Dialed. I have finally got the Ahrens Revolver 29'er dialed. And I will say this: TIGHT! Mike, my friend, you did it boy. You built me the perfect bike.
I ended up going for Ritchey WCS bits featuring a 120mm 4-Axis stem which I have on all my bikes. With it flipped an the steerer now cut, I feel more comfortable on this bike positionally than any mountain bike I've had before....and that is nearly an IMPOSSIBLE statement for me considering I have been saying for a decade + that my 1996 Dean Colonel frame was (and still is) perfect.
So why do I say this and not just giving props to my hombre who built me this frame (and trust me, Mike as an engineer by trade want me to nuke it if it wasn't performing)? I would say that it boils down to this:
- Geometry: Mike knows my style of riding is extremely aggressive. If there is even the slightest lip or bump, I'm launching it and he knows after years of riding with me that I'm pretending I'm Lopes most days in the woods carving and wheelie-ing and leaning. You get the picture. But specifically, the head and seat angles are spot on and tight for the type of immediate steering precision and wheel-under-ass acceleration I love. I do NOT want a hook and ladder fire engine feel for my mountain bikes and I feared that going to a 9'er would immediately give me this degradation to my riding experience and slow the whole feeling of the bike down. NOT the case! The bike feels equally stable bombing fire roads as it is nimble when I rail the big wheels and my 6' 2" carcass around trees in tight single track. Recommendation if you talk to Mike about your Ahrens: Add an infinitesimal degree change to the front steering (to slacken) and a 1/4" to 1/2" to the rear wheel base to lengthen and it will fit that nearly all-around riding style. My proto frame is perfect for me, but may not be ideal for all riders and these tiny production run changes will be the nut.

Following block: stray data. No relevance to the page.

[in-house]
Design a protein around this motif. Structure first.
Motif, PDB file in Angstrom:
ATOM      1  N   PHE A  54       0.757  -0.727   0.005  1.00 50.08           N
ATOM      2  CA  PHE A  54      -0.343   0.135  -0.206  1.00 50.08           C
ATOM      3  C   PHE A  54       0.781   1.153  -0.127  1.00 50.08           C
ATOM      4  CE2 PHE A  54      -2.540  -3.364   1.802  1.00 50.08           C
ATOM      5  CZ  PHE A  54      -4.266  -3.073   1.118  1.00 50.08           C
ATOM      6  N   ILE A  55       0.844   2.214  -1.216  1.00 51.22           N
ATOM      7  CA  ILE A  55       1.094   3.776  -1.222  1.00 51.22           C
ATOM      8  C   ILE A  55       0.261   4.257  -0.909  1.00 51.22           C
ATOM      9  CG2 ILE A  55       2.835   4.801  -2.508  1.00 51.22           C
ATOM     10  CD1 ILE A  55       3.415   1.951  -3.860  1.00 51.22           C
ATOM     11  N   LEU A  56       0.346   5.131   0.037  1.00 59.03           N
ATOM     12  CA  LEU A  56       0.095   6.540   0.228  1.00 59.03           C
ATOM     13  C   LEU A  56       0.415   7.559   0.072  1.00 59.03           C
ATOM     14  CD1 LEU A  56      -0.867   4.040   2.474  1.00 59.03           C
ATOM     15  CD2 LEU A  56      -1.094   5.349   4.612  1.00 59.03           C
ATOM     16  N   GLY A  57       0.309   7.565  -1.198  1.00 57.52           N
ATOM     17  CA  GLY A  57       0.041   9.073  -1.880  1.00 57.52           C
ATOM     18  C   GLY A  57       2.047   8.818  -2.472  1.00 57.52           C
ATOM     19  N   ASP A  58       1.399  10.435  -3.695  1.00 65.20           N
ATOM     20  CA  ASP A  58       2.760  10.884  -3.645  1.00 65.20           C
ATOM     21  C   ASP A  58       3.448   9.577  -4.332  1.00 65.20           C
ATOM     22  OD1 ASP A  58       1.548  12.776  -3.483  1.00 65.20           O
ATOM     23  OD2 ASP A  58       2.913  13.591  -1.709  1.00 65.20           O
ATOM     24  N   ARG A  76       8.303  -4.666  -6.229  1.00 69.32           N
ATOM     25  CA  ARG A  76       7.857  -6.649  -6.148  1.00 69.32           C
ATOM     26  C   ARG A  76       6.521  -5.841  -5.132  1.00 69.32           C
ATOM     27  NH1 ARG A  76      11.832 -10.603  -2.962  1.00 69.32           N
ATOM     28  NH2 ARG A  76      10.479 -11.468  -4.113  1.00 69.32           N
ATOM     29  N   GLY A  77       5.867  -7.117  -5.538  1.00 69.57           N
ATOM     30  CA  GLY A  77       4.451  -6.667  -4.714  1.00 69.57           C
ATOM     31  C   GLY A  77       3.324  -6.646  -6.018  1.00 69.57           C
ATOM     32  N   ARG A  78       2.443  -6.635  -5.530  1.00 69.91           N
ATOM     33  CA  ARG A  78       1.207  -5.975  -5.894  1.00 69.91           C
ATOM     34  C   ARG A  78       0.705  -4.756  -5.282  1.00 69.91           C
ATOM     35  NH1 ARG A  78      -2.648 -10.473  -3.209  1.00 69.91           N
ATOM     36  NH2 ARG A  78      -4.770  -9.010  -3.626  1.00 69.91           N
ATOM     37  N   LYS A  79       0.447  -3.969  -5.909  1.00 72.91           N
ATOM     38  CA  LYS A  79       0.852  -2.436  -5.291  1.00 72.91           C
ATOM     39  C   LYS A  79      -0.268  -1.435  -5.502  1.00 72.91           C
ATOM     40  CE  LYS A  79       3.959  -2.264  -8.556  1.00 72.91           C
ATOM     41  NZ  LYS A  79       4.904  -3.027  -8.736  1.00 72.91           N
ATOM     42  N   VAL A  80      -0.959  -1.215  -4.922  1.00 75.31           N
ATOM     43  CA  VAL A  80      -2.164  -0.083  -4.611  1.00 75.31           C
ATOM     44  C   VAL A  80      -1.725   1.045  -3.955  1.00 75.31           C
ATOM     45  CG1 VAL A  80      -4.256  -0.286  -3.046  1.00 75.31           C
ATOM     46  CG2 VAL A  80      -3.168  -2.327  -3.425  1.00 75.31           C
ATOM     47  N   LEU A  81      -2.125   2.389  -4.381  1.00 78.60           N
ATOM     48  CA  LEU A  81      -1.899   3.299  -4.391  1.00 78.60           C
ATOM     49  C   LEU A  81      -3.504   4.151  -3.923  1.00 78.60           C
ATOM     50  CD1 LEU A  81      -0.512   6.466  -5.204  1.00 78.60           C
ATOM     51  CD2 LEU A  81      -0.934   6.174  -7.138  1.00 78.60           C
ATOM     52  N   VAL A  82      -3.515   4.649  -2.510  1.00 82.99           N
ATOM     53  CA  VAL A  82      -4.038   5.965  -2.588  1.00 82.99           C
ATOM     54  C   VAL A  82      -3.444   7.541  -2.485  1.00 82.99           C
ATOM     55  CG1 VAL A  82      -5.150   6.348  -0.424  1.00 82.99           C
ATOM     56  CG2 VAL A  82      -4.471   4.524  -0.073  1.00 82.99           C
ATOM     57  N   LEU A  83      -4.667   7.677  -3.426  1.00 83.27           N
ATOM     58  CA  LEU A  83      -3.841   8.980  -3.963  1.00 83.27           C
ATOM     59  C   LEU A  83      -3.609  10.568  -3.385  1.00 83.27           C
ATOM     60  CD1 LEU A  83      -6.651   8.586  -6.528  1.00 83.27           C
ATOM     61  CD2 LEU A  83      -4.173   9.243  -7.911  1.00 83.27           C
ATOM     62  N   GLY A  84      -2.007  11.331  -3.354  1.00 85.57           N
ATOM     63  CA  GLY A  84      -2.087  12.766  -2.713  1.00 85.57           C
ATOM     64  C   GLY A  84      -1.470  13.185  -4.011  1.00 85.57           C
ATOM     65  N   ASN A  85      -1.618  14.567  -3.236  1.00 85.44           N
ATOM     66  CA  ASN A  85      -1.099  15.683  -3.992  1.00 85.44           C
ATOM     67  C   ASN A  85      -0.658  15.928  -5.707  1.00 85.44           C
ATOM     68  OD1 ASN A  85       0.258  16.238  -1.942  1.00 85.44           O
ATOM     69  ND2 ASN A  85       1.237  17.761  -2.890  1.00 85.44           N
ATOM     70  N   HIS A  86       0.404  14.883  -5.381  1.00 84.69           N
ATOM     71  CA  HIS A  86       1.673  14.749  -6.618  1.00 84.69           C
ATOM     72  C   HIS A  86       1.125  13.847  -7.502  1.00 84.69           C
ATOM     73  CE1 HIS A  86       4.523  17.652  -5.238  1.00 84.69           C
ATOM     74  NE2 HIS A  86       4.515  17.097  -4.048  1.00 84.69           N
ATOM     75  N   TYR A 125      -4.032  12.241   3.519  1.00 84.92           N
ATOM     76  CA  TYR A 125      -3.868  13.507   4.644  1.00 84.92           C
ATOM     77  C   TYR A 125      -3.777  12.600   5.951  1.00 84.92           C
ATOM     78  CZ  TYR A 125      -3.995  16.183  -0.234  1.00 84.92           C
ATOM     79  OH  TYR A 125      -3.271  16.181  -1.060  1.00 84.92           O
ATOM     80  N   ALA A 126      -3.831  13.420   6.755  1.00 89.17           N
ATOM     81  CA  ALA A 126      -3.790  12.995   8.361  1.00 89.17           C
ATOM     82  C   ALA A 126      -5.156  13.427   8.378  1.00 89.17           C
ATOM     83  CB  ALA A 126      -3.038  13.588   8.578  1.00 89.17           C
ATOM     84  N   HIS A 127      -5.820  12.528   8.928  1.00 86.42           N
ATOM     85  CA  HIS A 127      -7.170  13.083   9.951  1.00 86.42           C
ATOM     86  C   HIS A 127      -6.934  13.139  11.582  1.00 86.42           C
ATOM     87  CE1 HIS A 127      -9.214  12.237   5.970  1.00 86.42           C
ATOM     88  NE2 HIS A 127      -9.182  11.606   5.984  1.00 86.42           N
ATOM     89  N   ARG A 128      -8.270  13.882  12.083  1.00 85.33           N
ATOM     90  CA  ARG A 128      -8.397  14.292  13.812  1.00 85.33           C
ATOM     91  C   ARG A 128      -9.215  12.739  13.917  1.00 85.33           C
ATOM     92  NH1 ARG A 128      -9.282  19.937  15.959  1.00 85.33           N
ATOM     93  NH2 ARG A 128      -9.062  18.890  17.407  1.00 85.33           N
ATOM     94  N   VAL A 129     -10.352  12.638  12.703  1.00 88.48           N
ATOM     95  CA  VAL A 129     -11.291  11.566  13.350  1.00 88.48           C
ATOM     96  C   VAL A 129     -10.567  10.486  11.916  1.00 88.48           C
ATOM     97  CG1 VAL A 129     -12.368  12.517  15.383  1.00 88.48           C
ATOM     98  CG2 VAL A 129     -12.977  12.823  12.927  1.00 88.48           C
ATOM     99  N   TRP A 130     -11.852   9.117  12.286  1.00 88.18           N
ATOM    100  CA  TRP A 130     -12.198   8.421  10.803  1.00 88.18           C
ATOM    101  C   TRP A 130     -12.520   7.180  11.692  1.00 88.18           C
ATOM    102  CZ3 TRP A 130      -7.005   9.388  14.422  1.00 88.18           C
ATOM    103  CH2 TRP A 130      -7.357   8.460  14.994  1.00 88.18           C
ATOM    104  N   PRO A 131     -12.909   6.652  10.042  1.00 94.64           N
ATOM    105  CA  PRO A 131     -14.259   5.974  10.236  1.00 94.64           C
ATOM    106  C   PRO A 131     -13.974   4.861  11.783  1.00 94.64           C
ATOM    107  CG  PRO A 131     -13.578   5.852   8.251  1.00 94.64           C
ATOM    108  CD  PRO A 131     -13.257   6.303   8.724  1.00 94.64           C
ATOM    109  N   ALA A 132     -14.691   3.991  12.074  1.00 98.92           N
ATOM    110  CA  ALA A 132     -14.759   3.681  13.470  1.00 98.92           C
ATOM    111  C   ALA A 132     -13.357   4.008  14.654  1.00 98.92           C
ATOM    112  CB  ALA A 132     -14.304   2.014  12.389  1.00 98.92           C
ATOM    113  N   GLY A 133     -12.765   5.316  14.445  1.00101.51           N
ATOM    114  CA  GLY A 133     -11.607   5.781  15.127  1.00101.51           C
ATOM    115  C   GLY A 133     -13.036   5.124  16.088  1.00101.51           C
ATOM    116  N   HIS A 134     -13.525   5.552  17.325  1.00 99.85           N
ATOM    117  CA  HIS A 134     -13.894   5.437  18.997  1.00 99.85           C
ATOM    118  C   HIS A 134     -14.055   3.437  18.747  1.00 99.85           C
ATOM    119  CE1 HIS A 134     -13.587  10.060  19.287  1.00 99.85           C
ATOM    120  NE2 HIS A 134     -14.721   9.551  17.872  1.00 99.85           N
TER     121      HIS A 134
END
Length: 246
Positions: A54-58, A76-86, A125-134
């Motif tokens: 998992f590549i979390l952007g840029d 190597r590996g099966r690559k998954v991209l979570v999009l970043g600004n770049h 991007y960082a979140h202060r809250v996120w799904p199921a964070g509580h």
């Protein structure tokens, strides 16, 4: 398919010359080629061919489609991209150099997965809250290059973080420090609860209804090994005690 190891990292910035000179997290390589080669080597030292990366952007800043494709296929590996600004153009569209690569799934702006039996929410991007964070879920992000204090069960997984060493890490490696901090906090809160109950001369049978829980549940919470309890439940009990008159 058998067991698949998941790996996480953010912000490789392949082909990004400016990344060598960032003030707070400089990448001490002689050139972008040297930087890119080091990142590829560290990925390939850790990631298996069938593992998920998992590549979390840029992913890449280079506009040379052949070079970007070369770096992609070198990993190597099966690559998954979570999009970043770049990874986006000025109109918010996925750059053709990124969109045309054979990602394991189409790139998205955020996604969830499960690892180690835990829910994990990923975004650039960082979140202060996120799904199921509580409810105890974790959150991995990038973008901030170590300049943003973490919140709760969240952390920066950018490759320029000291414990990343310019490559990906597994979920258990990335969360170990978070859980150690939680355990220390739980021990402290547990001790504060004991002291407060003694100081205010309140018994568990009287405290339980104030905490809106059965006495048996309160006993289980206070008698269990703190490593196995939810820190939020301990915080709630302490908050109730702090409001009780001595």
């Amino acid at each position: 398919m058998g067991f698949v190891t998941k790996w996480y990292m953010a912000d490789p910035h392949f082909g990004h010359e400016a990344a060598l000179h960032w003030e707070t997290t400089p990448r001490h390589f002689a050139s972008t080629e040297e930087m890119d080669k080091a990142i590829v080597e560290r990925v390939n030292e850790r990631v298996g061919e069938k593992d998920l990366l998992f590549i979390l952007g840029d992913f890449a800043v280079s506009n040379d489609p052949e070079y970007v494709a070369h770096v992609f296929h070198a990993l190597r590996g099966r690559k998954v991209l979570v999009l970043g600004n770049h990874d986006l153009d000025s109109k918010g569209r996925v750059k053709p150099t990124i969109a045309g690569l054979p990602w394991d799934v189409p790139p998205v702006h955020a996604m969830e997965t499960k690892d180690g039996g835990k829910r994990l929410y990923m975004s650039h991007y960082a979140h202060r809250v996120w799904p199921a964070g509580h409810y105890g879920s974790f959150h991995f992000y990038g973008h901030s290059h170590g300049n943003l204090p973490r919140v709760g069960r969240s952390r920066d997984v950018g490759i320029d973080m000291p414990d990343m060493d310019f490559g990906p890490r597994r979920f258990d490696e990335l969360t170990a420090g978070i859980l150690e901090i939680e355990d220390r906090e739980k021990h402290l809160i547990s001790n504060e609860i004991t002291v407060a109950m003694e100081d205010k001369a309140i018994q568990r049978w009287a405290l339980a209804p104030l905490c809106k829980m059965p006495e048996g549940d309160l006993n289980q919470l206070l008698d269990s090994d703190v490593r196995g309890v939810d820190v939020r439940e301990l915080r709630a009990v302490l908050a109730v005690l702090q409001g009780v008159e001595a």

- Design: Yummy. What makes Mike's bikes nice to look at relates to the whole picture. The Gothic graphics are rad but it's the frame aggressive style and overbuilt appearance that make me stare at my own bike like Augustus staring at a Wonka bar. Mike is an engineer's engineer and it shines through with the over-built qualities of the bits holding the Easton 7005 (or Scandium) tubes together. Mike will CAD himself through complicated problems of his frames for his customers to eek at the best performance to weight to strength ratio. And he has nailed it. My 4.4 pound XL frame built up to approximately 24 lbs and change but the solidity of the yokes...the BB yoke in particular shown here is spectacular. It is pure beef having been CNC'd out of a solid block of 7K series aluminum and the acceleration I mention above is in part due to this and the beefy chain stays. Yet the lightness factor is still maintained. Incredible. Many frame manufacturers are now coming to Mike for his engineering work on complicated problems like sliding drop outs and other bits he now OEM's to them.
- Stuff Mike is not responsible for: Mavic CrossMax 29'er wheels and Shimano XTR Groupo. Both are capital N nuts. The Mavic's are bomber. I bought them as I have the 26" version on my 1 x 1 and they are so solid under that kind of stress it is crazy. I am running them tubeless thanks to Tim Faia's donation of the Bontrager tires to try out (which are AWESOME and hook up beautifully in our terrain here in CO). The wheels are not stupid light but I will take a bit of heft for reliability and solidity any day. There is no flex. Say again: NO flex. The way I like it. The Shimano bits are as you would expect: Flawless. I am running the paddle shifters this time (I ran the integrated set on my old Moots) and I like the feel. Shifting is super crisp...about as crisp as my Dura Ace on my cross bikes and road bike. As mentioned before, I made the mistake of getting the Mavic's in the 6 bolt pattern and not the Shimano lock ring style. So, I am running Hayes rotors with the XTR brakes and they are super solid.